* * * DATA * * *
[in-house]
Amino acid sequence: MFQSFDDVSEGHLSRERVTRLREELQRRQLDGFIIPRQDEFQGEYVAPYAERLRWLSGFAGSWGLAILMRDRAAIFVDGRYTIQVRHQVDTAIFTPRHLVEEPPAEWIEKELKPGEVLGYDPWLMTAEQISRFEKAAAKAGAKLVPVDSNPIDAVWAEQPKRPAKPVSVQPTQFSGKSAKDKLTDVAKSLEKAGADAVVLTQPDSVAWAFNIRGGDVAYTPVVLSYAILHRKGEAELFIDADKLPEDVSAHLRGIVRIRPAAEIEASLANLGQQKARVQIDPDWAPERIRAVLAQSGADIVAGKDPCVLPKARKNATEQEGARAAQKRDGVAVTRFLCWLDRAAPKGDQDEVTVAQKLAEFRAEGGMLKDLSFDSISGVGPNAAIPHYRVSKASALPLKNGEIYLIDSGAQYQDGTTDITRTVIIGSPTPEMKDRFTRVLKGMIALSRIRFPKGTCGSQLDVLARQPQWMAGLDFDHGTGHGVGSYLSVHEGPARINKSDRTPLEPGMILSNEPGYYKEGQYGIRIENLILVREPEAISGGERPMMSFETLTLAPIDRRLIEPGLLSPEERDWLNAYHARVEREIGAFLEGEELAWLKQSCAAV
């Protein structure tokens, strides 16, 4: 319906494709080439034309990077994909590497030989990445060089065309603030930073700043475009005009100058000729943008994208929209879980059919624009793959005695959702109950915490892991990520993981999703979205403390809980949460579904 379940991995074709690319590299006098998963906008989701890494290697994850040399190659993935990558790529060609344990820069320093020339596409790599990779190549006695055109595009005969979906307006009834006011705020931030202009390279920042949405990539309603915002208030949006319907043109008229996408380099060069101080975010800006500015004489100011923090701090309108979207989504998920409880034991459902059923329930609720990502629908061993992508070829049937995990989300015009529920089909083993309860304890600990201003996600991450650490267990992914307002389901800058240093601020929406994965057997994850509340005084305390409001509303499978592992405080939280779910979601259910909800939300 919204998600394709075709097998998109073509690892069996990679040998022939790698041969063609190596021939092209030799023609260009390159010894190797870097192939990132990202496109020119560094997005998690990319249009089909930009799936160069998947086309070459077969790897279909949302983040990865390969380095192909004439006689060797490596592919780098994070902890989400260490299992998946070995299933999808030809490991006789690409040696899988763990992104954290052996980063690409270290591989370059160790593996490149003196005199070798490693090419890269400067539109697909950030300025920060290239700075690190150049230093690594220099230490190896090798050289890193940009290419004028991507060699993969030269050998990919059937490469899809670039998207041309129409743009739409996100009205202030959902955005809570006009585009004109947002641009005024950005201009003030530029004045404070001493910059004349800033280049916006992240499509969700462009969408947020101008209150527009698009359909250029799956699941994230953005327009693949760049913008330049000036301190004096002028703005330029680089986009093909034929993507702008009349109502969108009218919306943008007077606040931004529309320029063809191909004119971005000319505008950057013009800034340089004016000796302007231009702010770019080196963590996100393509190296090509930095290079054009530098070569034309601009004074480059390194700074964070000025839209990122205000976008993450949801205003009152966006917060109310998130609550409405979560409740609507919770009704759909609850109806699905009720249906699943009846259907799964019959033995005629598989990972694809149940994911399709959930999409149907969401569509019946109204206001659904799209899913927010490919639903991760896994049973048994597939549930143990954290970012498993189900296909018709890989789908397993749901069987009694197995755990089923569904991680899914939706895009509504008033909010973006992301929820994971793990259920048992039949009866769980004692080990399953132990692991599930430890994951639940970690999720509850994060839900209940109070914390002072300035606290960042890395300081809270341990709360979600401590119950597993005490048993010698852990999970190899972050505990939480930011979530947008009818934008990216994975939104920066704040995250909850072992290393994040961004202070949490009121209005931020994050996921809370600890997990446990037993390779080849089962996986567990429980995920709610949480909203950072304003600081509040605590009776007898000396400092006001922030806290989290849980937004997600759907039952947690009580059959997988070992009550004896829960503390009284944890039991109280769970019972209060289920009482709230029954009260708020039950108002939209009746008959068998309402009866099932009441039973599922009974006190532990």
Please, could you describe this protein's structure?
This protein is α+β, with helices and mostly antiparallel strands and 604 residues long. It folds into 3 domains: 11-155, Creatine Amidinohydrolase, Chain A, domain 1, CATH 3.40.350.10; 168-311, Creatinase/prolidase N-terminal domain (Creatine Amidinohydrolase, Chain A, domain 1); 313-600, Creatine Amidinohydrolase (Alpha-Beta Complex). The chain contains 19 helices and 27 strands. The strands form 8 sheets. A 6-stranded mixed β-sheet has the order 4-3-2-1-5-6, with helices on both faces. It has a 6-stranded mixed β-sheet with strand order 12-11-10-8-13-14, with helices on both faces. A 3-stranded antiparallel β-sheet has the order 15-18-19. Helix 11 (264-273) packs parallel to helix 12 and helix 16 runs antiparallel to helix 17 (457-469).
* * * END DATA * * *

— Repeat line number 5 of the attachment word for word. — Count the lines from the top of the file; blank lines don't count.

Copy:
This protein is α+β, with helices and mostly antiparallel strands and 604 residues long. It folds into 3 domains: 11-155, Creatine Amidinohydrolase, Chain A, domain 1, CATH 3.40.350.10; 168-311, Creatinase/prolidase N-terminal domain (Creatine Amidinohydrolase, Chain A, domain 1); 313-600, Creatine Amidinohydrolase (Alpha-Beta Complex). The chain contains 19 helices and 27 strands. The strands form 8 sheets. A 6-stranded mixed β-sheet has the order 4-3-2-1-5-6, with helices on both faces. It has a 6-stranded mixed β-sheet with strand order 12-11-10-8-13-14, with helices on both faces. A 3-stranded antiparallel β-sheet has the order 15-18-19. Helix 11 (264-273) packs parallel to helix 12 and helix 16 runs antiparallel to helix 17 (457-469).